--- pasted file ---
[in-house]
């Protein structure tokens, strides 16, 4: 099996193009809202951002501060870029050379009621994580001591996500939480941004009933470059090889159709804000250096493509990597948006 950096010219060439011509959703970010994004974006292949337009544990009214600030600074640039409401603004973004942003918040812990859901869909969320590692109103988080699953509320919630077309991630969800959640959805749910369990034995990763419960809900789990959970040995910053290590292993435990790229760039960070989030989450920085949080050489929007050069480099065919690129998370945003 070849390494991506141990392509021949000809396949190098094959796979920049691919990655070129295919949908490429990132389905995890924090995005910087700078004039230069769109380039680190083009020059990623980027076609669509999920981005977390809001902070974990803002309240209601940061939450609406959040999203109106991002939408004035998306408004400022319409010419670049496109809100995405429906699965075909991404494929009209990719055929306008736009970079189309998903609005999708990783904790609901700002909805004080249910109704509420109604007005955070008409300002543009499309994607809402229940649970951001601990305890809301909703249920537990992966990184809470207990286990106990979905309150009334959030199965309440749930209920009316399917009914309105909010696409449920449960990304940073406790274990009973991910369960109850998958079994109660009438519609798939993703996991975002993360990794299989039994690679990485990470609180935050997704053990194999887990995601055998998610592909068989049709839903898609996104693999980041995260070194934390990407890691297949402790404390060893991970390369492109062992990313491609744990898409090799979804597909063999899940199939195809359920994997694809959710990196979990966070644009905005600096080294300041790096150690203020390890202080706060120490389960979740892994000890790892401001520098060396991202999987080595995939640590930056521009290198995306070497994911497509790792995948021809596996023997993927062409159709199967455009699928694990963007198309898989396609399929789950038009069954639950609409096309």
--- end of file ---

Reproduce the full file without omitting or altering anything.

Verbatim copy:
[in-house]
């Protein structure tokens, strides 16, 4: 099996193009809202951002501060870029050379009621994580001591996500939480941004009933470059090889159709804000250096493509990597948006 950096010219060439011509959703970010994004974006292949337009544990009214600030600074640039409401603004973004942003918040812990859901869909969320590692109103988080699953509320919630077309991630969800959640959805749910369990034995990763419960809900789990959970040995910053290590292993435990790229760039960070989030989450920085949080050489929007050069480099065919690129998370945003 070849390494991506141990392509021949000809396949190098094959796979920049691919990655070129295919949908490429990132389905995890924090995005910087700078004039230069769109380039680190083009020059990623980027076609669509999920981005977390809001902070974990803002309240209601940061939450609406959040999203109106991002939408004035998306408004400022319409010419670049496109809100995405429906699965075909991404494929009209990719055929306008736009970079189309998903609005999708990783904790609901700002909805004080249910109704509420109604007005955070008409300002543009499309994607809402229940649970951001601990305890809301909703249920537990992966990184809470207990286990106990979905309150009334959030199965309440749930209920009316399917009914309105909010696409449920449960990304940073406790274990009973991910369960109850998958079994109660009438519609798939993703996991975002993360990794299989039994690679990485990470609180935050997704053990194999887990995601055998998610592909068989049709839903898609996104693999980041995260070194934390990407890691297949402790404390060893991970390369492109062992990313491609744990898409090799979804597909063999899940199939195809359920994997694809959710990196979990966070644009905005600096080294300041790096150690203020390890202080706060120490389960979740892994000890790892401001520098060396991202999987080595995939640590930056521009290198995306070497994911497509790792995948021809596996023997993927062409159709199967455009699928694990963007198309898989396609399929789950038009069954639950609409096309």